New Marketing Strategies to the new Chinese Consumers

To see how major brands are approaching the emerging Chinese consumer, Forbes Insights, in association with the World Federation of Advertisers, surveyed more than 300 China-based senior executives at large consumer focused businesses ($250M plus in annual revenues) responsible for creating, managing, or executing their companies’ marketing strategies in China. The key findings include:

• Consumer awareness in China is king. About a third of Chinese (35%) and non-Chinese (32%) companies today are focused on brand awareness as a key marketing goal for the coming year. Among non-Chinese companies, 36% are focused on creating positive brand perception.

• Marketers will shift from awareness to growth. Three years from now, their top priorities will shift from brand awareness to increasing sales/revenue from China, and expanding into new regions/areas in China.

• Global brands must align with local Chinese culture and tastes. The vast majority of non-Chinese marketers (63%) indicated they believe they need to change their brand attributes for Chinese consumers.

• Many Chinese brands also are looking to extend their presence beyond their borders. Over a quarter (27%) of Chinese respondents indicated they intend to expand their brands globally. • Second-tier cities present the greatest opportunity. Overall, eight of ten respondents agreed that growth is most likely beyond the first-tier cities of Beijing, Shanghai, and Tianjin.

 • As marketers focus on brand development among Chinese consumers, television advertising will play a large part—79% of respondents have it as part of their marketing programs for 2011. But looking ahead, new platforms may emerge as marketers will be formulating integrated communications strategies.

• Digital and mobile marketing are a critical part of the mix for reaching Chinese consumers. About 90% of survey respondents said they are extremely or very important, especially when it comes to communicating with younger consumers.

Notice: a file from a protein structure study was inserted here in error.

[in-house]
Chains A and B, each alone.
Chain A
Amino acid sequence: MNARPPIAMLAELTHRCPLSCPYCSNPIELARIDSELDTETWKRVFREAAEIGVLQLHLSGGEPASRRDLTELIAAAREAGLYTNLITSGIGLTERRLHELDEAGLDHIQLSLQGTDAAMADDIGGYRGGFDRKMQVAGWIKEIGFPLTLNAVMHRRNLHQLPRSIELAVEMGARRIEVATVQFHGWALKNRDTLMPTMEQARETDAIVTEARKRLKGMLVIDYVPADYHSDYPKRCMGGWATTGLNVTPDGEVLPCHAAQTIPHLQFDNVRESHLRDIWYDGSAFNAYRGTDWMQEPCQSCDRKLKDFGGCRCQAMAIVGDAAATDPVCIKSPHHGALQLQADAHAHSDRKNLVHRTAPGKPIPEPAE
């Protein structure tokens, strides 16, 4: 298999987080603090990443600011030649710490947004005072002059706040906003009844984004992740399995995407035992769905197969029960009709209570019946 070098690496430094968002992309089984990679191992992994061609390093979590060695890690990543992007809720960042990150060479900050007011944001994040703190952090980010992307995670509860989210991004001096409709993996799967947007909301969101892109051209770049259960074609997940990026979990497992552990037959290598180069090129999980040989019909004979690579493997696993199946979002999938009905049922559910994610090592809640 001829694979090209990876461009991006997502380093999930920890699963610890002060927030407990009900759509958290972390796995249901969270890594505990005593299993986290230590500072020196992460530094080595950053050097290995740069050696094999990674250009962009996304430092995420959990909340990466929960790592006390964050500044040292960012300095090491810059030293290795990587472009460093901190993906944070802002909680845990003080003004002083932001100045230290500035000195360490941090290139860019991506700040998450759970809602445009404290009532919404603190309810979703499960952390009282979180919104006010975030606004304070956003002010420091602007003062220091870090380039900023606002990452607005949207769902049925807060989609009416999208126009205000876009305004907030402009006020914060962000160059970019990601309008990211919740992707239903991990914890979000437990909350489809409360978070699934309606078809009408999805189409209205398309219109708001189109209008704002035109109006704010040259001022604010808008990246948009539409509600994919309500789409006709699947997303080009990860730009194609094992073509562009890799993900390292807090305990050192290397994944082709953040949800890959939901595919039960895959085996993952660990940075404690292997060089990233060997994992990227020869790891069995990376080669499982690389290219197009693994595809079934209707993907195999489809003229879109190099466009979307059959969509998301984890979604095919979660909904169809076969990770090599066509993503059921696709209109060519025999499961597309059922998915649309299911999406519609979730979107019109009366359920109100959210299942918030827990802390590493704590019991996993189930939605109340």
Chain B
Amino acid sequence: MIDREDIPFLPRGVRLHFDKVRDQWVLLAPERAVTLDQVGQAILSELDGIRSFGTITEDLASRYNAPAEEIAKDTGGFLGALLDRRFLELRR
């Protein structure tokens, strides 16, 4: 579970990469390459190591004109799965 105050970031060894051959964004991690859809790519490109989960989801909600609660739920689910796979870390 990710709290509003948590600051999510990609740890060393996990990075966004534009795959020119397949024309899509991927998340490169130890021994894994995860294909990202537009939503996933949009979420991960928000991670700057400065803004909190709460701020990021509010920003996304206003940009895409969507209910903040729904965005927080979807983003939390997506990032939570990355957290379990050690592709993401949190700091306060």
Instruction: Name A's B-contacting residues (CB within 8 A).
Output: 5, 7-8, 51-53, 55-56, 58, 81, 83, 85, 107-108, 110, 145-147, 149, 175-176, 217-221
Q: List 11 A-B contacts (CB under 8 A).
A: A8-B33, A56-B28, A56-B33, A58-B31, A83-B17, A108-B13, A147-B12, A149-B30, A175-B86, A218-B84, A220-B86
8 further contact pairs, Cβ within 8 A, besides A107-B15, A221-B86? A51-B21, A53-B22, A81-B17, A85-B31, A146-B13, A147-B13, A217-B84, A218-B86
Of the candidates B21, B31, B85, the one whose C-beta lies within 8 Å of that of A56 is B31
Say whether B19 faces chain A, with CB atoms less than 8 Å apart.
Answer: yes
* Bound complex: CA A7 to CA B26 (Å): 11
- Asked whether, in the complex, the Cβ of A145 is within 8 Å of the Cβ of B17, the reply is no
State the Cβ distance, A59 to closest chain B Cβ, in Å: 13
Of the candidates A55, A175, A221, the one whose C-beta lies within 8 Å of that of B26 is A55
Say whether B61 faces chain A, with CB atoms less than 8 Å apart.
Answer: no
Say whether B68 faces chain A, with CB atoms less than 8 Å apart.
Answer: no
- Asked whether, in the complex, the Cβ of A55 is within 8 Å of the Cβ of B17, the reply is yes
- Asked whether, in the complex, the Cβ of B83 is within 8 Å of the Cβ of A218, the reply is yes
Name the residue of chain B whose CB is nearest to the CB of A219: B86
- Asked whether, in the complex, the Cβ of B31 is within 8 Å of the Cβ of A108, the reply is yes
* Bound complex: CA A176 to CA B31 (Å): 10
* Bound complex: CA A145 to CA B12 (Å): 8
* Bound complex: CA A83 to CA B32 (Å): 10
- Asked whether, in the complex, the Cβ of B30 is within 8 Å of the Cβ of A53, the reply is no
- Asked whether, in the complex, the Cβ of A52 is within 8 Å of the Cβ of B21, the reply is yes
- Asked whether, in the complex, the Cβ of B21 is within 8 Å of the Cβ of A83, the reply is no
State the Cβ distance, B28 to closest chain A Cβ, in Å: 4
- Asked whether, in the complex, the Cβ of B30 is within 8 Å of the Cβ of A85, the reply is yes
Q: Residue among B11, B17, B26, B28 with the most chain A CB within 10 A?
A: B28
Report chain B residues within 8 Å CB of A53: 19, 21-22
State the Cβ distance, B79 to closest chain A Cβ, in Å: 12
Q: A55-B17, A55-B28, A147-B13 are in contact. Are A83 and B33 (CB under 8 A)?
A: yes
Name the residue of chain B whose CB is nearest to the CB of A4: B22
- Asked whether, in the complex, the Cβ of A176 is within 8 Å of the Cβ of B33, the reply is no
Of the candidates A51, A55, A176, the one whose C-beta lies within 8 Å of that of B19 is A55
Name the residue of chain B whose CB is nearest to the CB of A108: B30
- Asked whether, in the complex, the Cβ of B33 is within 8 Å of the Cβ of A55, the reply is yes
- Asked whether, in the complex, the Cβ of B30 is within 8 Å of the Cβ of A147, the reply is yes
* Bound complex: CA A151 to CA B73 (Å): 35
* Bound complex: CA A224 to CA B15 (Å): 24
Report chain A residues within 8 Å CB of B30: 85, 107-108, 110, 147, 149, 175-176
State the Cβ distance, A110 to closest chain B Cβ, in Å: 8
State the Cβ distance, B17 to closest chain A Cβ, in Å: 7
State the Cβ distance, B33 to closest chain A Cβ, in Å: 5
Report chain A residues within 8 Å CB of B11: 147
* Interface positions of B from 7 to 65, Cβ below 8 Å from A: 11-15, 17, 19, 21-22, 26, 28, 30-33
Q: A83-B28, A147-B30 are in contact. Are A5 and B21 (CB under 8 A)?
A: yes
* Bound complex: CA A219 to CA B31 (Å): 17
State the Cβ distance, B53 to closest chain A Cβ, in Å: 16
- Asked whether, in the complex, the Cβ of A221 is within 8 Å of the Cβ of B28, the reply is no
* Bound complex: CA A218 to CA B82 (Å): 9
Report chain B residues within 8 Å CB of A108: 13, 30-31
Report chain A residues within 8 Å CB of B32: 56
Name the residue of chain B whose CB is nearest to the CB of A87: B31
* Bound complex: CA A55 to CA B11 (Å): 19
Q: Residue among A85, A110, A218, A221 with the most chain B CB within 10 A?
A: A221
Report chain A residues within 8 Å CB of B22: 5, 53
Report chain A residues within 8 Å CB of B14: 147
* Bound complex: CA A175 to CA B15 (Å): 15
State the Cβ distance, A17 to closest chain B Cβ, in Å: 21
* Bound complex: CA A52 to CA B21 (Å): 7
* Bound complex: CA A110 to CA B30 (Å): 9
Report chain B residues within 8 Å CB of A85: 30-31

• To succeed in China, marketers may need to overcome some unique barriers. These include a lack of reliable market research, a lack of operational transparency in the Chinese marketing communications industry, and a need to find qualified marketing talent and leadership.

Ethical standards for marketing communications need to be put in place in order to protect the reputation of Marketing Agency  with consumers and government in China over the longer term.

Time for China to Go Shopping

Few markets are as tantalizing to global brand marketers as the new consumer-driven China. The “new” market of 1.3 billion people—coupled with the meteoric rise of both the size and spending power of its middle class— holds enormous potential for manufacturers of consumer goods and services. But, clearly, the dynamics of China are unlike anything marketers have ever seen before, and it presents challenges as serious as its market is large.

Why is China taking off now? Essentially, the government has given the people the right to go shopping. In 2011, China begins its 12th five-year plan, shifting its economic focus from export-led sectors to increasing domestic consumer demand. The plan, passed by the government in mid-March, 2011, is designed to develop the country into a major consumer marketplace. It plans to increase consumer product imports, promote urbanization, and optimize the consumer market for consumption.

That the Chinese consumer is driving global growth is well known. The statistics are arresting: ten million new Chinese consumers enter the market each year. In 2010, China’s consumer market was estimated to be worth $1.7 trillion. Credit Suisse projects that the burgeoning domestic consumer market could grow to nearly $16 trillion within a decade.


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